A WORKING group will review the allocation of nursery places in Fife following complaints by parents.

Dunfermline councillor Helen Law, who has been critical of Fife Council’s handling of the process, hopes new priorities will be established that are “more suitable” to the needs of families.

She said: "There may be places available but that doesn’t mean they are accessible. Even the greatest nursery provision in the world is no use if it’s not going to work for families so let’s try and get it right next year.

“However, it is still disappointing that it wasn’t right the first time because it has caused a lot of upset and that is unacceptable.”

As previously reported, many parents were left upset after being offered placements for their child that were not their preferred choice or were considered unacceptable.

Last week's policy and co-ordination committee was told that out of 5,901 applications, 135 families were still without a place to start in August at a Fife Council nursery, after refusing what had been offered or choosing to go with another provider.

Education chiefs are continuing to help families without a place and a group of councillors will evaluate priorities for next year’s allocation process.

Cllr Law said: “We need to look at the whole situation and I suggest we establish a link between where children go to nursery and school.

“It doesn’t need to be legally binding as catchments are for school provision but we need to some degree recognise where a child will be going after nursery.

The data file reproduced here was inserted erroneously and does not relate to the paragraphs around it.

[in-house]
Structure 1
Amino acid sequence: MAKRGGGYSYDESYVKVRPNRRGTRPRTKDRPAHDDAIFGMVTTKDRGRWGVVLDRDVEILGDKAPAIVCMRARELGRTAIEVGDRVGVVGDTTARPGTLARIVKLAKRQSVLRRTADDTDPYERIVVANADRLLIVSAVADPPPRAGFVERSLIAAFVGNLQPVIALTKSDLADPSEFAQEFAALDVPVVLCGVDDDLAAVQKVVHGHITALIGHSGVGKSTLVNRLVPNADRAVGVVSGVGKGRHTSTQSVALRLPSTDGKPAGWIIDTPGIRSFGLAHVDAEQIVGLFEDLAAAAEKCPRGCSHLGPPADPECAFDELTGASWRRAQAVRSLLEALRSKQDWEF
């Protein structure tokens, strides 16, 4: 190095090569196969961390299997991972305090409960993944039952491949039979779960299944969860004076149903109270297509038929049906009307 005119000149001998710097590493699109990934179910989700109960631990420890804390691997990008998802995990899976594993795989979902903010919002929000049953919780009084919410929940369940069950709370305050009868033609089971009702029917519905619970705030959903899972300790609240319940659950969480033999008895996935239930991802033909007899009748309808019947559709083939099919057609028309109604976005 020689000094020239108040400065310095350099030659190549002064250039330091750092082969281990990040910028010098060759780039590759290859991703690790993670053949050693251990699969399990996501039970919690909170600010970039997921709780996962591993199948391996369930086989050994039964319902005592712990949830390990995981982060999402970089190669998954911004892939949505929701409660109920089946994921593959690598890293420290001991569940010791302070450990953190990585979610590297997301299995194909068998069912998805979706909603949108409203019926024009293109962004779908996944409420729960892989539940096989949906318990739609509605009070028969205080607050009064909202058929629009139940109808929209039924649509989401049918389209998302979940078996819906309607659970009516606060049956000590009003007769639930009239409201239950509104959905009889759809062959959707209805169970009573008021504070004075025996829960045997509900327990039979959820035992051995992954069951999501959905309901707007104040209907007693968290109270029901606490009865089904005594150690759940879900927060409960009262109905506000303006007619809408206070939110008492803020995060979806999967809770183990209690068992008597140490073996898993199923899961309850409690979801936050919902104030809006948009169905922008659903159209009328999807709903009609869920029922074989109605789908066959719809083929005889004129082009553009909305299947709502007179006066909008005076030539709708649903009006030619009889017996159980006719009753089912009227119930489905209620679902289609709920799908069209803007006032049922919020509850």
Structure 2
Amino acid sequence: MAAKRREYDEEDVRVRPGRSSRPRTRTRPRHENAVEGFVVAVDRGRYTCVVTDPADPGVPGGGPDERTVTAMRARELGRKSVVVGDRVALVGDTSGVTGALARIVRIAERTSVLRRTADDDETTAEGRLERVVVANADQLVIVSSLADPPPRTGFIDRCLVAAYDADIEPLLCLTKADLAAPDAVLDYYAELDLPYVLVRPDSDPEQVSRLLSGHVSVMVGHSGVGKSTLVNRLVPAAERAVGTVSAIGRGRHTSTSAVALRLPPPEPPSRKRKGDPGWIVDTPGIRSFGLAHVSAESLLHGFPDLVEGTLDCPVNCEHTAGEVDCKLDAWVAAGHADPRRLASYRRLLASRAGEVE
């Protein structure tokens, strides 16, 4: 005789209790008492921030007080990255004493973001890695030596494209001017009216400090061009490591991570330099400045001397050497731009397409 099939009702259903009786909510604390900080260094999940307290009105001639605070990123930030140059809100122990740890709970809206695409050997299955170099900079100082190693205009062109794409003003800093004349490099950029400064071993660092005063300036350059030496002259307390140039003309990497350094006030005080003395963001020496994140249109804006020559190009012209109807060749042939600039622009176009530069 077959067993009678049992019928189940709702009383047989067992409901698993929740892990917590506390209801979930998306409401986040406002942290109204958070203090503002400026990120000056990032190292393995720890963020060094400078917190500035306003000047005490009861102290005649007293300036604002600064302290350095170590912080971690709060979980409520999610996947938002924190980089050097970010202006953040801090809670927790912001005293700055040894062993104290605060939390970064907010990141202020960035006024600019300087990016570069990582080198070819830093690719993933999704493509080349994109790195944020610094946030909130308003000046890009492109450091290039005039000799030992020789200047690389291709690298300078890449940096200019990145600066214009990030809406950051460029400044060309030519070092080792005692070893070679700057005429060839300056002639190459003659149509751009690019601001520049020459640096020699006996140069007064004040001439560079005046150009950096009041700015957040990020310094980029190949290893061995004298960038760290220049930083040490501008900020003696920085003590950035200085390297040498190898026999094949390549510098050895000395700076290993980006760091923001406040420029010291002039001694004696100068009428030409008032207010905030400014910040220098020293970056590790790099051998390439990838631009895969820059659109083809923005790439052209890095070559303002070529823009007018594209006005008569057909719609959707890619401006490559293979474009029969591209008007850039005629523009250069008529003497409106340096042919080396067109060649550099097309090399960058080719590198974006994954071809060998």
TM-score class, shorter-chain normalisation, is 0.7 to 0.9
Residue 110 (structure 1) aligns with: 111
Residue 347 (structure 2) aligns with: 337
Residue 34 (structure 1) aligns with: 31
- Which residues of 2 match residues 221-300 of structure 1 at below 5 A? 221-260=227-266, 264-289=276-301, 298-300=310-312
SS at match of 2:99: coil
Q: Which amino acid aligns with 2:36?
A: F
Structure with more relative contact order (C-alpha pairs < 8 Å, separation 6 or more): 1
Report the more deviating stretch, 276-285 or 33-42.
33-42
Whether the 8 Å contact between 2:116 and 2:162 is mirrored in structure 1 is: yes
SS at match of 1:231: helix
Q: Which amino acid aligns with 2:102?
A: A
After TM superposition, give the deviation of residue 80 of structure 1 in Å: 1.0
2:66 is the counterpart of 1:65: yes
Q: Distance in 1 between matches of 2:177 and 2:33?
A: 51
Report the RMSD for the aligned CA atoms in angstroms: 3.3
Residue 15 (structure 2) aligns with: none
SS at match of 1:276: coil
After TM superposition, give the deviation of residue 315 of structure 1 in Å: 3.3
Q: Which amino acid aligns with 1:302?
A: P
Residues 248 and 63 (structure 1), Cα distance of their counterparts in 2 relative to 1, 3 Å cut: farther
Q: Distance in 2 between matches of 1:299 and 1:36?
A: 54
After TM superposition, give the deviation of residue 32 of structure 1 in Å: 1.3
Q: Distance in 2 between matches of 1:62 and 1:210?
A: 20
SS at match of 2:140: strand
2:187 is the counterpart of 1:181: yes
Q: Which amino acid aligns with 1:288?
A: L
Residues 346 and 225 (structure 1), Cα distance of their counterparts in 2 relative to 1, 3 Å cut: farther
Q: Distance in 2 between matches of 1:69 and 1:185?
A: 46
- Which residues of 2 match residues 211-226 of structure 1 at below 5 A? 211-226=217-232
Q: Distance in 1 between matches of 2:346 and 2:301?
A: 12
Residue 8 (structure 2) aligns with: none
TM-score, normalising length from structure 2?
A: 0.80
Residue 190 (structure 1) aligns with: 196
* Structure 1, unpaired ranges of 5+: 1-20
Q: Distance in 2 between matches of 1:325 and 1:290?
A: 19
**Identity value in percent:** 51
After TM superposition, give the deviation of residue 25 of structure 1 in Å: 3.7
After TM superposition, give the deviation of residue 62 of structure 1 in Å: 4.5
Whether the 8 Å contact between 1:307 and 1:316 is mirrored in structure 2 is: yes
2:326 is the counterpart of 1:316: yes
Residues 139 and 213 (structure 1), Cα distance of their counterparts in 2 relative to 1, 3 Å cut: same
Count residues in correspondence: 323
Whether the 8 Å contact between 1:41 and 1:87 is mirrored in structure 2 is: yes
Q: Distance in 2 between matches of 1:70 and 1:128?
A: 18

“COVID has exaggerated the fact we need to work locally and it must be helpful to have children going to the same school and nursery. I accept Fife Council cannot satisfy everyone but there should be the expectation that you go to your local nursery. There has been a concentration on the directives of the Scottish Government and we need to come up with something more suitable to the needs of families.”

Back in May, 385 children were told they didn’t have a place for August while others were informed they could not return to the nursery they were attending and must now go elsewhere.

More families have accepted place as the process has gone on but there was criticism that priority was not given to youngsters attending a nursery where there was an elder sibling at the attached school.

Cllr Law said: “It’s a broken concept that needs to be reviewed. Since the start of the year, I have been saying that this is not going to work and I tried to do something but unfortunately the meeting was cancelled. Some of the original folk that were not happy, they've been able to accommodate but it hasn’t worked for everyone."

Due to COVID-19, councils are no longer obliged to offer 1,140 hours of free childcare provision to three- and four-year-olds, and eligible two-year-olds, from August.

However, the council has already allocated the nursery places for the new system and will offer a mix of 600 and 1,140 hours during the changeover.

The committee was told that 14 nurseries will provide 600 hours from August and Cllr Law said there should be an increase in the number of places at these premises.

Education chiefs have repeatedly stressed that the high number on the waiting list did not reflect dissatisfaction with the process.

Shelagh McLean, head of education and children’s services, said the position will change over the summer, with all applicants kept up-to-date of their situation.